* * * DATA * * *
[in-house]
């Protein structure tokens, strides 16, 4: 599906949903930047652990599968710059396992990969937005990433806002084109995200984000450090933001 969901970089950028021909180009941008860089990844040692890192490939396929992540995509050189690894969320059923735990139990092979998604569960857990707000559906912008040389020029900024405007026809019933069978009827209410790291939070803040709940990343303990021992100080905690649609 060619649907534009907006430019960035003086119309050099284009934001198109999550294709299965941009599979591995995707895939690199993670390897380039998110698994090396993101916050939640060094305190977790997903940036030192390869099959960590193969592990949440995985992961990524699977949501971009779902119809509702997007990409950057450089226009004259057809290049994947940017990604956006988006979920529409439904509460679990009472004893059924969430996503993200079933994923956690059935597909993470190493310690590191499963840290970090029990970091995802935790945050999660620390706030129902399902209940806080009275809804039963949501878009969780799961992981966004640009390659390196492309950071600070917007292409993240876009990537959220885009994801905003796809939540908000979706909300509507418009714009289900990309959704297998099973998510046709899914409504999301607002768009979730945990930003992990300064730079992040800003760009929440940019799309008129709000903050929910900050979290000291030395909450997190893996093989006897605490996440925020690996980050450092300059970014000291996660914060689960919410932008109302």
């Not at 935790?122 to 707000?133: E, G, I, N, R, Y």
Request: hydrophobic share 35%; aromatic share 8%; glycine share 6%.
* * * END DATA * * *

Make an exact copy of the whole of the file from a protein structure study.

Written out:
[in-house]
């Protein structure tokens, strides 16, 4: 599906949903930047652990599968710059396992990969937005990433806002084109995200984000450090933001 969901970089950028021909180009941008860089990844040692890192490939396929992540995509050189690894969320059923735990139990092979998604569960857990707000559906912008040389020029900024405007026809019933069978009827209410790291939070803040709940990343303990021992100080905690649609 060619649907534009907006430019960035003086119309050099284009934001198109999550294709299965941009599979591995995707895939690199993670390897380039998110698994090396993101916050939640060094305190977790997903940036030192390869099959960590193969592990949440995985992961990524699977949501971009779902119809509702997007990409950057450089226009004259057809290049994947940017990604956006988006979920529409439904509460679990009472004893059924969430996503993200079933994923956690059935597909993470190493310690590191499963840290970090029990970091995802935790945050999660620390706030129902399902209940806080009275809804039963949501878009969780799961992981966004640009390659390196492309950071600070917007292409993240876009990537959220885009994801905003796809939540908000979706909300509507418009714009289900990309959704297998099973998510046709899914409504999301607002768009979730945990930003992990300064730079992040800003760009929440940019799309008129709000903050929910900050979290000291030395909450997190893996093989006897605490996440925020690996980050450092300059970014000291996660914060689960919410932008109302």
């Not at 935790?122 to 707000?133: E, G, I, N, R, Y």
Request: hydrophobic share 35%; aromatic share 8%; glycine share 6%.